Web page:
She finished 162nd overall. After running for 31 hours 34 minutes.
For context 2600 people started the race. And 800 dropped out.
Told you, serious mettle.
So, from her first sub three marathon, to smashing ultras – what are the top three things she’s learned about running hard, running long, and running well.
- Chill the f*ck out
“I used to make sense such a big deal about some of these marathons. For weeks before, I wouldn't go and see people, I'd avoid certain situations, I'd have to eat certain food. If I couldn't get a certain shoe, it would spin me out. I was very controlled and funny about stuff.
“But actually, I've gone on to do some races where I've not even known where I'm going to sleep and ended up on someone’s sofa. Or I've had a couple of glasses of wine the night before, or had to wear someone else's socks... And actually, I’ve only run about two minutes slower.
“I do think there has to be a level of element of concentration and (routine), but I wish that maybe I had been a little bit more chilled out.
“There's a lot of really good runners who suffer massively with nerves and almost sabotage their race because they're so worried about it. (All you can do) is control the controllables.”
2. Do not scrimp on strength
“I wasn't consistent in my training because I had a lot of injury throughout my career. When you get stress fractures, that's like two to three months out and then you have to build back and you lose half your year. I wish that I'd been better about looking after myself. I wish I'd eaten better. I wish I'd recovered better. But mostly I wish I'd done strength training.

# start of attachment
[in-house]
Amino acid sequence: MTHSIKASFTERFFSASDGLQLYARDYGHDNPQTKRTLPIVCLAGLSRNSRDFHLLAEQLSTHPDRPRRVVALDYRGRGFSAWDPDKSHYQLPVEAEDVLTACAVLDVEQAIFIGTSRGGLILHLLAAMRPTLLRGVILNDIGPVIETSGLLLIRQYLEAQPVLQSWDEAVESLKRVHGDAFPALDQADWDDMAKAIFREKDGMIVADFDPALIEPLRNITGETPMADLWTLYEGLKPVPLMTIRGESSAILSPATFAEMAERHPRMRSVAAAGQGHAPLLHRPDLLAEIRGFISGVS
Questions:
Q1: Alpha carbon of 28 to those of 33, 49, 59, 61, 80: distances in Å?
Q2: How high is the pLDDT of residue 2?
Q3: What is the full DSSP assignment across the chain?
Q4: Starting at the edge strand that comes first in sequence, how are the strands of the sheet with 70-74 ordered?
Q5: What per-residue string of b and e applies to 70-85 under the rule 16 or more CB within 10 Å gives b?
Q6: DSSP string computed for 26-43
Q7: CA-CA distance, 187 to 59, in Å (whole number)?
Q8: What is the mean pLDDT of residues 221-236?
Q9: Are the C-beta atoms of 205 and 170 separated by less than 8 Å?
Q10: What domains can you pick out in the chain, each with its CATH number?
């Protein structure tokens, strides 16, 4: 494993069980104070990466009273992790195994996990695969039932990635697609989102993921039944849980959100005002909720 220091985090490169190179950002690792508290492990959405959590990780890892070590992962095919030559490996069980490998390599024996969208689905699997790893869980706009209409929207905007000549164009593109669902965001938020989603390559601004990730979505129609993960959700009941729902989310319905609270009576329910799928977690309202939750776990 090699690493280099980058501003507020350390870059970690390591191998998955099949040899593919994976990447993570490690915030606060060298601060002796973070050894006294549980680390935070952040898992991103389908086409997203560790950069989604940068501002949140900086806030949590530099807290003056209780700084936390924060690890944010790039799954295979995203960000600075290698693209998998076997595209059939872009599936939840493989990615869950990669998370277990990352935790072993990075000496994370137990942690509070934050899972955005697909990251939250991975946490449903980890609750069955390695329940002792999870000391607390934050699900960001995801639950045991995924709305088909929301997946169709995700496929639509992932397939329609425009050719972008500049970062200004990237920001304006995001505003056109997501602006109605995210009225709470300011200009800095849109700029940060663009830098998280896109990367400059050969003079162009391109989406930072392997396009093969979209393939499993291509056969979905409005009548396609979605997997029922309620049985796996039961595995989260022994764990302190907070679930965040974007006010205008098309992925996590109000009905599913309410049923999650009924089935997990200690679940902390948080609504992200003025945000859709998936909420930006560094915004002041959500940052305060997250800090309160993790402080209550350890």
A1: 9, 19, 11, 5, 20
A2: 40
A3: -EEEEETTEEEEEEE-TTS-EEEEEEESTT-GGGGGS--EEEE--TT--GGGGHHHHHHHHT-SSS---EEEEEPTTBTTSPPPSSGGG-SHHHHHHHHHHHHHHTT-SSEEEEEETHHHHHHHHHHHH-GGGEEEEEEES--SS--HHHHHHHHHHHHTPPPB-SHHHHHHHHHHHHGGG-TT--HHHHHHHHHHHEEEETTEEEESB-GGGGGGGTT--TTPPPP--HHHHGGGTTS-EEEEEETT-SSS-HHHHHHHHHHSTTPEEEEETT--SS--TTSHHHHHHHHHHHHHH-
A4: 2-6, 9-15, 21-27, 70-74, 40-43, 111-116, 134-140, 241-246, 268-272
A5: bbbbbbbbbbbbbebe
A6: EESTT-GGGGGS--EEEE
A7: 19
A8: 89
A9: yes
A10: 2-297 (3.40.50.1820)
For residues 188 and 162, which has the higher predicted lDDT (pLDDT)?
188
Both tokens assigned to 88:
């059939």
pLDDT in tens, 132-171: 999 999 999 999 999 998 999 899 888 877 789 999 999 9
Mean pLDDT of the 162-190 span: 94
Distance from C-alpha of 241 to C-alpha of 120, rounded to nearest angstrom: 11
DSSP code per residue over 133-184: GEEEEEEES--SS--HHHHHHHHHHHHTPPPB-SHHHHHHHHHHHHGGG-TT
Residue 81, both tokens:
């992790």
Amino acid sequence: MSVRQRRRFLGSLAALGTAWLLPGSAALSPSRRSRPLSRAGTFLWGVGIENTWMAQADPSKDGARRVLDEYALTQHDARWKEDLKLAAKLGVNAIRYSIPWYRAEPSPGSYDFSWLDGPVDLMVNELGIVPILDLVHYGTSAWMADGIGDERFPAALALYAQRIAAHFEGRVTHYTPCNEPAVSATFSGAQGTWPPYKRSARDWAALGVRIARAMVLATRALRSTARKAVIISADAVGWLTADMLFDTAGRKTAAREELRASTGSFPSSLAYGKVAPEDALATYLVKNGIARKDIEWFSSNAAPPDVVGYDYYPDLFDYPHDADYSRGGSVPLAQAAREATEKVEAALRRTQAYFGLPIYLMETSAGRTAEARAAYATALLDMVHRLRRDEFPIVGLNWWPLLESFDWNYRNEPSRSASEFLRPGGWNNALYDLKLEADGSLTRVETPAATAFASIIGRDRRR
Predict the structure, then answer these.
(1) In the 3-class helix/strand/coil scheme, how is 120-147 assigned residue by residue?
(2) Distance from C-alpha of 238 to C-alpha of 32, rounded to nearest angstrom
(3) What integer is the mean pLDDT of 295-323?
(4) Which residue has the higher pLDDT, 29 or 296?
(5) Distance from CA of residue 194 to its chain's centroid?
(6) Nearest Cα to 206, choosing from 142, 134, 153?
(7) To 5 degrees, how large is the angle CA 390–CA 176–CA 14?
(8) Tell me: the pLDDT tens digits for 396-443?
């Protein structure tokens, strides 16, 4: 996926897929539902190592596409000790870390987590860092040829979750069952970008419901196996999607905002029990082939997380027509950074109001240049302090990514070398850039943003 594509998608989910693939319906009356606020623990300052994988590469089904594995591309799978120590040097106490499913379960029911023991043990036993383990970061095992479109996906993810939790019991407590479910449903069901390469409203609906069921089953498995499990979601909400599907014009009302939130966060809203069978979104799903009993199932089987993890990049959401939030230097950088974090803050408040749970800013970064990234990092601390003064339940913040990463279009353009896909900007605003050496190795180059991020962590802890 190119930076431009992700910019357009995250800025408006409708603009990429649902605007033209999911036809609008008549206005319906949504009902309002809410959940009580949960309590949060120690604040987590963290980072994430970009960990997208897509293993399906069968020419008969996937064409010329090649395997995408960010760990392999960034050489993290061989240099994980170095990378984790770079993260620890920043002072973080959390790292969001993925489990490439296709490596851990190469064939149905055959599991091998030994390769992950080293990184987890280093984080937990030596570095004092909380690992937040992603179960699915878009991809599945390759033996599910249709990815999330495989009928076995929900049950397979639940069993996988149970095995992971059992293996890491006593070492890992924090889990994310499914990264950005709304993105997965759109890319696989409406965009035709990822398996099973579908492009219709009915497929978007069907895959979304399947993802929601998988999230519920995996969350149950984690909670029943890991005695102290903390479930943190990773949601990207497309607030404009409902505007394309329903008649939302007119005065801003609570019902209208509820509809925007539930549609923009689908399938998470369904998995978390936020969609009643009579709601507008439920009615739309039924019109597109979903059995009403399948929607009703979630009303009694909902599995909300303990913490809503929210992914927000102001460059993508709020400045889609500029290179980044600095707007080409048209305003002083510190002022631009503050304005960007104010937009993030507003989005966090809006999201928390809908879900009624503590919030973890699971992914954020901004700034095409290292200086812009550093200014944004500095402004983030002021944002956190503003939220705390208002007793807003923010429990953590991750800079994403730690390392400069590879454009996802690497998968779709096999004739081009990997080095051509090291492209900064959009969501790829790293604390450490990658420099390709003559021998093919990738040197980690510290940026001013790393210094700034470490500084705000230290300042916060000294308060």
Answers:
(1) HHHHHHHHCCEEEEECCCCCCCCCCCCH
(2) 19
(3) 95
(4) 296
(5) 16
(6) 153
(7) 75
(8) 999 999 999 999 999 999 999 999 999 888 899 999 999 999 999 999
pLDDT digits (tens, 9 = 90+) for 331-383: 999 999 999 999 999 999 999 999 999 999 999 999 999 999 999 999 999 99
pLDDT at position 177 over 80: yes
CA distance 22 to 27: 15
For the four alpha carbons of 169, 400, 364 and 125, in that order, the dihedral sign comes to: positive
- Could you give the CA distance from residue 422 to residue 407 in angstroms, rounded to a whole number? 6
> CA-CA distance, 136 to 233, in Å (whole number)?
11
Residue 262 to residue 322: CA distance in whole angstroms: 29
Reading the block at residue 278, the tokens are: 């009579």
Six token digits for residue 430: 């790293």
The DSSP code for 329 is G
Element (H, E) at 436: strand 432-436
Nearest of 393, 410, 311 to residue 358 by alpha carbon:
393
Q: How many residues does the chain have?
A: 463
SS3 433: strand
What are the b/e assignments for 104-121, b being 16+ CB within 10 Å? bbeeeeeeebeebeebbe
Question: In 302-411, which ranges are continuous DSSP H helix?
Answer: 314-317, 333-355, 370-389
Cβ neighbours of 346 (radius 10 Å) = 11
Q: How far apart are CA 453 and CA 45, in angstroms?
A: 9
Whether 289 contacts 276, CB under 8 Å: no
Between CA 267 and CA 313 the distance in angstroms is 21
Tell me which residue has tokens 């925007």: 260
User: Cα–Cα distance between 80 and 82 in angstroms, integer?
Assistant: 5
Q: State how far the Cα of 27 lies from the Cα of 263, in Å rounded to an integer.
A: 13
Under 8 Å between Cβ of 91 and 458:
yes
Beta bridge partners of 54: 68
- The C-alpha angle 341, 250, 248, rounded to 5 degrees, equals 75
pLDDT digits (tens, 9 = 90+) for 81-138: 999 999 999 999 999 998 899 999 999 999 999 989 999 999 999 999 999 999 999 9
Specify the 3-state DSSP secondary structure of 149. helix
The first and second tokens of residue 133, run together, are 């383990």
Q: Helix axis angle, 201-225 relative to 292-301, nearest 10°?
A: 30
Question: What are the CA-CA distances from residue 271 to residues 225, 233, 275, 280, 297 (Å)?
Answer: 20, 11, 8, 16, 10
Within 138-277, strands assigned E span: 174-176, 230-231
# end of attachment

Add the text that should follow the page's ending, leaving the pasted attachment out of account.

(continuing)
“Now, I would much rather can an easy run and do a strength workout instead. My strength workouts are very specific and structured to me. So, I can lift heavy now and I love that. And I eat way more food.”
3. Adapt your training, but keep the intensity the same
“My (pre-race) routine has changed over the years, from when I was a competitive road marathon runner to 2013 when I did my first ultra. But, in terms of tapering, I reduce the volume of everything, but I keep the intensity the same.
“Basically, that means if I run five days a week, I'll probably still run five days a week in that week before a race, but just reduce the volume of sessions.
“If I was doing a marathon on Sunday, I'll still do a short session on the Tuesday and strides later on in the week. Then I would take Friday off, and then the day before I always do a shakeout run and I'll do some strides as well, just to loosen everything up before the race on Sunday.
“It's intuitive though. As I've got older, I know what I can and can't do. And so, what I might do doesn't really fit with someone else. I might need a bit longer in between sessions to recover.
“I'm not doing anywhere near the amount of volume that I used to do. I'm not running as fast as I used to, but the intensity is still the same effort level as when I was running marathons.”
You can hear Holly’s full conversation on the Big Run podcast produced by Danny Easton in collaboration with us at Exhale Coffee. We get to listen in on three post-run chats with mega runners like Holly, as well as mountain runner Mark Kerry, and track and middle-distance runner Mo Hashi. Keep your eyes peeled for more running insights coming soon, best shared over a cup of exhale coffee.
Interview by Danny Easton of the Big Run Podcast
Words by Laura Sugden Clarke